, NAIROBI, Kenya, Nov 23 – The Capital Markets Authority (CMA) has taken the first step in the development of a master plan that should guide its operations over the next five years as it seeks to facilitate the deepening of the capital markets.
CMA Chief Executive Stella Kilonzo disclosed that a steering committee, drawn from across all stakeholders, to conceptualise and implement the Capital Markets master plan has been developed.
The team, she added, had unanimous support from industry representatives including those from the Kenya Association of Stockbrokers and Investment Banks (KASIB), the Nairobi Securities Exchange, Central Depository and Settlement Corporation, investment banks, stockbrokers, fund managers, investment advisers, and collective investment schemes.
“The authority sees this meeting as a launching pad for the conceptualisation of a commonly owned Capital Markets master plan to serve as a catalyst for the coordinated growth of our market in line with Vision 2030,” she said after a meeting with the stakeholders.
Besides the master plan, the stakeholder session affirmed the importance of policy makers and legislators playing their critical role in putting in place all the necessary infrastructure and legislation on Anti-Money Laundering and Combating Terrorist Financing necessary to ensure Kenya is certified as premiere destination for capital.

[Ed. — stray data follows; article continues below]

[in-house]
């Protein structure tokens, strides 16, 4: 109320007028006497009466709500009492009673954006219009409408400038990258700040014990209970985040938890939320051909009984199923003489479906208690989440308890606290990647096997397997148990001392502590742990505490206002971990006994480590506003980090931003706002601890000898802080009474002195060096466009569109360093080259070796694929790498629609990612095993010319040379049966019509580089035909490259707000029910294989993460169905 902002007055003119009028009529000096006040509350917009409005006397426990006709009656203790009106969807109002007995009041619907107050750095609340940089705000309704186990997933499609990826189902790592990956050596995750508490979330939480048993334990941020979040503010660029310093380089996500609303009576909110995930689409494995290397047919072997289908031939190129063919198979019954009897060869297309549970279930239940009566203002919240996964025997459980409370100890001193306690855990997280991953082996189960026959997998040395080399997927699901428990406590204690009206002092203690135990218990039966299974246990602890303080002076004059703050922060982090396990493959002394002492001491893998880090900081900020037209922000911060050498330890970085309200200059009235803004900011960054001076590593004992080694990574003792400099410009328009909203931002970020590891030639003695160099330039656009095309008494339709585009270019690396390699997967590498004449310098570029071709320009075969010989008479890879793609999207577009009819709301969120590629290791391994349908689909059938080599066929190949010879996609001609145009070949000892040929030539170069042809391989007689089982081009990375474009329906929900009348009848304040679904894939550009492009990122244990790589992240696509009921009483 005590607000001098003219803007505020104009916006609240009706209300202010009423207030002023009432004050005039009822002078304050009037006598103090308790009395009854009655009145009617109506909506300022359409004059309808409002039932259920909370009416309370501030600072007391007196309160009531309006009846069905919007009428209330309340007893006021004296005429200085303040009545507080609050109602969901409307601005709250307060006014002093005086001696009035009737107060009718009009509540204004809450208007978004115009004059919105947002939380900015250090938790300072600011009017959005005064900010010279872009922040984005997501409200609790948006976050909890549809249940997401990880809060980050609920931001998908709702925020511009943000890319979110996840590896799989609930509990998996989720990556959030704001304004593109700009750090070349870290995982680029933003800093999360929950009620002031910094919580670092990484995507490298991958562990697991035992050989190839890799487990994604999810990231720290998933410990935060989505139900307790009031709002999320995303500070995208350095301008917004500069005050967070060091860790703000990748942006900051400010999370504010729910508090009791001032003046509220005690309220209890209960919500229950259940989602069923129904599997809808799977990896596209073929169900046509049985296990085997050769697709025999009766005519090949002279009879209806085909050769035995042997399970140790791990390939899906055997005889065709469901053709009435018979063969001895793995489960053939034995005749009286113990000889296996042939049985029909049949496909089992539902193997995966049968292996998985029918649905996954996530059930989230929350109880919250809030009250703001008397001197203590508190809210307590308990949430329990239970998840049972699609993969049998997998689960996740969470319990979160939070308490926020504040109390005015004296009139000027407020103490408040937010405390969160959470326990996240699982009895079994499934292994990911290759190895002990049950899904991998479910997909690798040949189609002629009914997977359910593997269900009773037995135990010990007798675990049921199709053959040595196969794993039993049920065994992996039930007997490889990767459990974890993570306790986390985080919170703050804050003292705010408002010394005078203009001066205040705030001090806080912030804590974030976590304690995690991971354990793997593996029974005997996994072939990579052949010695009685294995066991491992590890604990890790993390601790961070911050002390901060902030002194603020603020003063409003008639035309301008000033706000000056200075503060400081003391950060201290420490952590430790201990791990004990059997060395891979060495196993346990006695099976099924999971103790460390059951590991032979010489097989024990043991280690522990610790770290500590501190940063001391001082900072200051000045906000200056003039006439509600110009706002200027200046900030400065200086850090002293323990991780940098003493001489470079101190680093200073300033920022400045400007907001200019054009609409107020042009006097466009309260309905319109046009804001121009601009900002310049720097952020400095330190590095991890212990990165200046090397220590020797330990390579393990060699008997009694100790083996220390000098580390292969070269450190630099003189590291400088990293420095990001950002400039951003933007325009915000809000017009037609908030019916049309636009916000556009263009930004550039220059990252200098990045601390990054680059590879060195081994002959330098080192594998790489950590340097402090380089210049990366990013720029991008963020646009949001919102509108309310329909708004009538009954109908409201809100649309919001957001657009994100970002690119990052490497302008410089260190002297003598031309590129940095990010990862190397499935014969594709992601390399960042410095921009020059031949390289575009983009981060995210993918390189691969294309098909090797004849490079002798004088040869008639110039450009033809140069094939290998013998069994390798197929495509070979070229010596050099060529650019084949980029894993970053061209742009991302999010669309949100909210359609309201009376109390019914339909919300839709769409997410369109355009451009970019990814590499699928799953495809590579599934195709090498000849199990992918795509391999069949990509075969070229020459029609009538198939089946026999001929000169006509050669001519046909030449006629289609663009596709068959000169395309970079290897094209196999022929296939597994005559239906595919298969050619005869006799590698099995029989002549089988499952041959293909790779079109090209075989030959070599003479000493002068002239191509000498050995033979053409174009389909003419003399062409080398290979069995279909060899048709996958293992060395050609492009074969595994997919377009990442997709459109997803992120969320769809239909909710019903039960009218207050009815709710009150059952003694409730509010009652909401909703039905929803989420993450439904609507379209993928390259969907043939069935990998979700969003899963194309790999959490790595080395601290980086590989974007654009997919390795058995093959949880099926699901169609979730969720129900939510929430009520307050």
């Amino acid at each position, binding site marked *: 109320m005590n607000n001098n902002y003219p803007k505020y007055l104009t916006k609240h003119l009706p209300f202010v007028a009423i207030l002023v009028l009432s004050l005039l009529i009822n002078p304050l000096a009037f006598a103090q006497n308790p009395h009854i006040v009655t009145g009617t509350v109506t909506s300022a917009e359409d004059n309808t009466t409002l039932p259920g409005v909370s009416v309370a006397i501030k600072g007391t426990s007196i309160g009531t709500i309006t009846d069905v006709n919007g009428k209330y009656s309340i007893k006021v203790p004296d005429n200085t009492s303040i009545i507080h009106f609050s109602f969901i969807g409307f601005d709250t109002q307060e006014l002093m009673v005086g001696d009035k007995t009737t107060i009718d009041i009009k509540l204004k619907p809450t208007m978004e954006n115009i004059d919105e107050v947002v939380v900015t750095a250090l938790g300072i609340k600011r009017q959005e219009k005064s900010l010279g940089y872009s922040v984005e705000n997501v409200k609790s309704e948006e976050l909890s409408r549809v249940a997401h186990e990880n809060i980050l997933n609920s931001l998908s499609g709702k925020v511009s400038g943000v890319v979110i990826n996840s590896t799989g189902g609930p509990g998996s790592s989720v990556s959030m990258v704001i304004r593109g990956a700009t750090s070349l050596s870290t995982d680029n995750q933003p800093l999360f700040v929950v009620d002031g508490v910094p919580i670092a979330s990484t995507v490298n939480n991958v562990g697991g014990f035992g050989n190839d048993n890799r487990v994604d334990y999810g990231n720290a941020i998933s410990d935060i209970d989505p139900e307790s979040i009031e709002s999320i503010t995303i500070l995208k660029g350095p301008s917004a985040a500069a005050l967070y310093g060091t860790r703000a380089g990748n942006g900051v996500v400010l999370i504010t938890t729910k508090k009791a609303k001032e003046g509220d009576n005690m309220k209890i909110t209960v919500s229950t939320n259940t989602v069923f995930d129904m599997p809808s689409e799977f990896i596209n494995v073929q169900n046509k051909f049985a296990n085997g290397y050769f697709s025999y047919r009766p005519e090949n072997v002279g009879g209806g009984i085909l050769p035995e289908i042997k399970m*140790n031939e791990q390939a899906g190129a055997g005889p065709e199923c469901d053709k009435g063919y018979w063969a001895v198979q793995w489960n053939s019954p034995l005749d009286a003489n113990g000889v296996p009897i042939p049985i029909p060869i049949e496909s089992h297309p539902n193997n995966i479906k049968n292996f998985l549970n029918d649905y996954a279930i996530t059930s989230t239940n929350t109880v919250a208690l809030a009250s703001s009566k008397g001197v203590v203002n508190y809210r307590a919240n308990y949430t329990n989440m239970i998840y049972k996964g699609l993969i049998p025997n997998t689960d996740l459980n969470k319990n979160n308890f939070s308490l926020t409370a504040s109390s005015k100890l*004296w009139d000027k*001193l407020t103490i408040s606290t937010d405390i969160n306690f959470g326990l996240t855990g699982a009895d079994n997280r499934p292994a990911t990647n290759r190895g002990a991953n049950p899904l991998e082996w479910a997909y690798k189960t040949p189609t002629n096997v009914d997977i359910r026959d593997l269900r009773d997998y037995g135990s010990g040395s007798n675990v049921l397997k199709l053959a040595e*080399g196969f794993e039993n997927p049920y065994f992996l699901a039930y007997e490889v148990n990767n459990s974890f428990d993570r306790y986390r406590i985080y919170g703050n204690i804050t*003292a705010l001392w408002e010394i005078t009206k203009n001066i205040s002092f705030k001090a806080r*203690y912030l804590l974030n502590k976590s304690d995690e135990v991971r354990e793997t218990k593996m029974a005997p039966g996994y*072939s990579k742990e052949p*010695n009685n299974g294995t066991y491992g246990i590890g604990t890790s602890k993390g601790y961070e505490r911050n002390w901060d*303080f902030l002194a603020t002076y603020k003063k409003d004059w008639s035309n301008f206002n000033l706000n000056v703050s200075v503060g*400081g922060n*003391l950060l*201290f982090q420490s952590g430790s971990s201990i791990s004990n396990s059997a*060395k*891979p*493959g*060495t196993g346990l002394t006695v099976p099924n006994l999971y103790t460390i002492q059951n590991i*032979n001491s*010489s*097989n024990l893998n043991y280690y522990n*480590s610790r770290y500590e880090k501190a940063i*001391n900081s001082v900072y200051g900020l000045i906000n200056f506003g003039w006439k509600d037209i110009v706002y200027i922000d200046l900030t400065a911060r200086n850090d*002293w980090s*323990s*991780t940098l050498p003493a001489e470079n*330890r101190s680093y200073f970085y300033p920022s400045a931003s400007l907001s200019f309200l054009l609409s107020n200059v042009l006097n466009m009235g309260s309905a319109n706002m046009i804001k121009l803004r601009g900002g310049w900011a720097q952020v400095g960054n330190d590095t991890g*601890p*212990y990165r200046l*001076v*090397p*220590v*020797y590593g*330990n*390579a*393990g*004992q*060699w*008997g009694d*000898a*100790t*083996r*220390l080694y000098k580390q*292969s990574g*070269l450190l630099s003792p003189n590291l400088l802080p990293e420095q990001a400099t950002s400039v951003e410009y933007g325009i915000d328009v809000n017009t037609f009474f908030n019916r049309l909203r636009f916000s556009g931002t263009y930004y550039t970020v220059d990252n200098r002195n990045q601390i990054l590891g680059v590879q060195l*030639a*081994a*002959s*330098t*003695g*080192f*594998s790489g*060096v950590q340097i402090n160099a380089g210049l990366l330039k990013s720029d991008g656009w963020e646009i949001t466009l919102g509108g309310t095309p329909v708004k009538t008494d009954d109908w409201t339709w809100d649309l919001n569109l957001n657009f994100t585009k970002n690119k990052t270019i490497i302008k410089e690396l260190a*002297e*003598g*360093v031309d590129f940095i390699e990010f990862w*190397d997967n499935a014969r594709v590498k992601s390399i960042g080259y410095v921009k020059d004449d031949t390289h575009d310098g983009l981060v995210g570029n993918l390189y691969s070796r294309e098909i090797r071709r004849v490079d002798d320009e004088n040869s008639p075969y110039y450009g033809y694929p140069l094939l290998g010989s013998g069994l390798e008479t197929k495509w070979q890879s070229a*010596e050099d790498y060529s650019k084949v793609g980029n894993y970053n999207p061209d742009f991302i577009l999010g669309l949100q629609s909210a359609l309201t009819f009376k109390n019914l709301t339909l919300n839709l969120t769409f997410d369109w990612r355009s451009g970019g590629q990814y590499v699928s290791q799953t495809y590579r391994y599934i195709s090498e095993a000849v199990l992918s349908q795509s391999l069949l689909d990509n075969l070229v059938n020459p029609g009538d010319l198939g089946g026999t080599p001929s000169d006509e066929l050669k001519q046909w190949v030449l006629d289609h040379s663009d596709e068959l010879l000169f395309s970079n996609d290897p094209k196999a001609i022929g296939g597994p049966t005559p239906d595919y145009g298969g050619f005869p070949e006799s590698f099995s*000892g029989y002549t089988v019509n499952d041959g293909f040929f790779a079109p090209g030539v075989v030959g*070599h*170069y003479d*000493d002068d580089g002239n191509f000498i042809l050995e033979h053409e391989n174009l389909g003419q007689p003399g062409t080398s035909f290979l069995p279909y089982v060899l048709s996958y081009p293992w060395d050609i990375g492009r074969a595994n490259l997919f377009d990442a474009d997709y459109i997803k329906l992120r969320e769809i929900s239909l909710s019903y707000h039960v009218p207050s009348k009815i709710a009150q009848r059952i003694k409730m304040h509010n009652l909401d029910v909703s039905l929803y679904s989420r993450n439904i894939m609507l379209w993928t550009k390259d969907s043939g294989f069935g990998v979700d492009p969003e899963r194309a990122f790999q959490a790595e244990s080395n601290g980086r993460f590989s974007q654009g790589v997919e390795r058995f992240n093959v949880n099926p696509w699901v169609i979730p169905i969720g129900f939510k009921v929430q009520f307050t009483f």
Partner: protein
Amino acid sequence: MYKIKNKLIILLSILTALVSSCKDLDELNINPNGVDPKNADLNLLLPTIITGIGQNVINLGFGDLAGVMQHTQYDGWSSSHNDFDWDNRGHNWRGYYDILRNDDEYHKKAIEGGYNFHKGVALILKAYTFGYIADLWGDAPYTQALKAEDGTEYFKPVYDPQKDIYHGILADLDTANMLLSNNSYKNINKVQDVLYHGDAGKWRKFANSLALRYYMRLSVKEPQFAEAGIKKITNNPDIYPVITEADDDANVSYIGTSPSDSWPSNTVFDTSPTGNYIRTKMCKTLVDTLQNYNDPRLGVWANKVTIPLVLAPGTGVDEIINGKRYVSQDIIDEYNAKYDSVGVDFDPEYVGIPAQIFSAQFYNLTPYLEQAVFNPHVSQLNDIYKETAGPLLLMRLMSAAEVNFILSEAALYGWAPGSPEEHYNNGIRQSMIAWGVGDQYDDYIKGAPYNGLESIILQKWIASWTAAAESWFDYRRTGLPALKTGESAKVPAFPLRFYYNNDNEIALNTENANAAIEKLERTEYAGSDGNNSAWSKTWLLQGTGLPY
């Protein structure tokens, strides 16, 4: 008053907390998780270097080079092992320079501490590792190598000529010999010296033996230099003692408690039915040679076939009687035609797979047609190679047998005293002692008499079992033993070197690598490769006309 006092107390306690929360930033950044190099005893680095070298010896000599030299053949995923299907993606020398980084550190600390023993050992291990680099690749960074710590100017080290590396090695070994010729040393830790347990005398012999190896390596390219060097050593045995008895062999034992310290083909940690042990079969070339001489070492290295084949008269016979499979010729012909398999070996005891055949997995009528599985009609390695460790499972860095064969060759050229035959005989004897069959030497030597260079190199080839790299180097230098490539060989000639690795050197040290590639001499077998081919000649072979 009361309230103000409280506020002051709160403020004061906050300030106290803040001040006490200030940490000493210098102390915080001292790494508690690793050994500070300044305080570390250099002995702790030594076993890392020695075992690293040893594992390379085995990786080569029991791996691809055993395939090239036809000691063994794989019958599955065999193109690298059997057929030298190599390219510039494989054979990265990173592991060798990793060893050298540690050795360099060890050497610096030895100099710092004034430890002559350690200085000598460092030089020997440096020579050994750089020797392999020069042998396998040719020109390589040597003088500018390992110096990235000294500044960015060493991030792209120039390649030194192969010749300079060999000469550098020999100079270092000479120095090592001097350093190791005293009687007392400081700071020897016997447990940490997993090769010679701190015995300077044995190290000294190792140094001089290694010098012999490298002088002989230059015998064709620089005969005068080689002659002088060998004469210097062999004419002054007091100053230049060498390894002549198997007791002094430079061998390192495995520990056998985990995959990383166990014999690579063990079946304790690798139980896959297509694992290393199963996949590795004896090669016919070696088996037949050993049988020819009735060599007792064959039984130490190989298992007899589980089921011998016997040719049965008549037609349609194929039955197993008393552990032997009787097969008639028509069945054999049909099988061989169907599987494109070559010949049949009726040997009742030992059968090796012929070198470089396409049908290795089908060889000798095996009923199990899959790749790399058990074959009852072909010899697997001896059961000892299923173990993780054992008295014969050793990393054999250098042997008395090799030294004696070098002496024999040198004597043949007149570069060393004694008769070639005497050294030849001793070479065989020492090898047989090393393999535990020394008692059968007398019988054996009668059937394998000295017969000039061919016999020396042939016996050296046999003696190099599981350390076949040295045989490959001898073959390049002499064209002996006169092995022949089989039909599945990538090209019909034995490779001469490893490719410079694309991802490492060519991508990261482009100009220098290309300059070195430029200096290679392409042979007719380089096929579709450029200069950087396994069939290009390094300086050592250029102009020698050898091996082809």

The attainment of this status, it was noted was a critical step for the country to achieve its goal to be an International Financial Centre.
Kilonzo also reaffirmed the commitment of the CMA to work closely with the private sector to create a facilitative environment for the innovation of new products.
“The authority is honoured that the industry stakeholders have shown willingness to come together and discuss a shared strategy for executing the capital markets role in mobilising long-term resources to finance the Vision 2030,” the regulator added.
She pointed to the recent amendments to the Capital Markets Laws that have received the support of Parliament to facilitate the development of Self-Regulatory Organisations (SROs).
These entities, the CEO added, are expected to provide a framework for the industry to put in place adequate risk mitigation mechanisms to allow for effective product development with reduced regulatory intervention and achieve more voluntary compliance.
Acting KASIB chairman John Kirimi expressed the brokerage and investment banking community satisfaction with the move adding that it has adopted Risk-Based Supervision (RBS) implementation, developed by the Authority, at each stage of the process.
Kirimi confirmed that RBS models will not only address market stability but will also assist intermediaries to better address liquidity management and internal control.
He reiterated the support of the industry for the early conclusion of the demutualisation process and encouraged relevant players to address any pending issues to fast-track the process as soon as the current court process is concluded.
There was broad consensus amongst all attendees on the need for the industry to focus on coordinated approaches to capital markets industry investor education, market sensitisation, and marketing initiatives to harness the diverse skills, perspectives, and resources of the industry.
It was also agreed that it is critical for these joint marketing efforts to be rolled out at the county, national, regional, and international levels and be appropriately tailored for the diverse investor and issuer perspectives.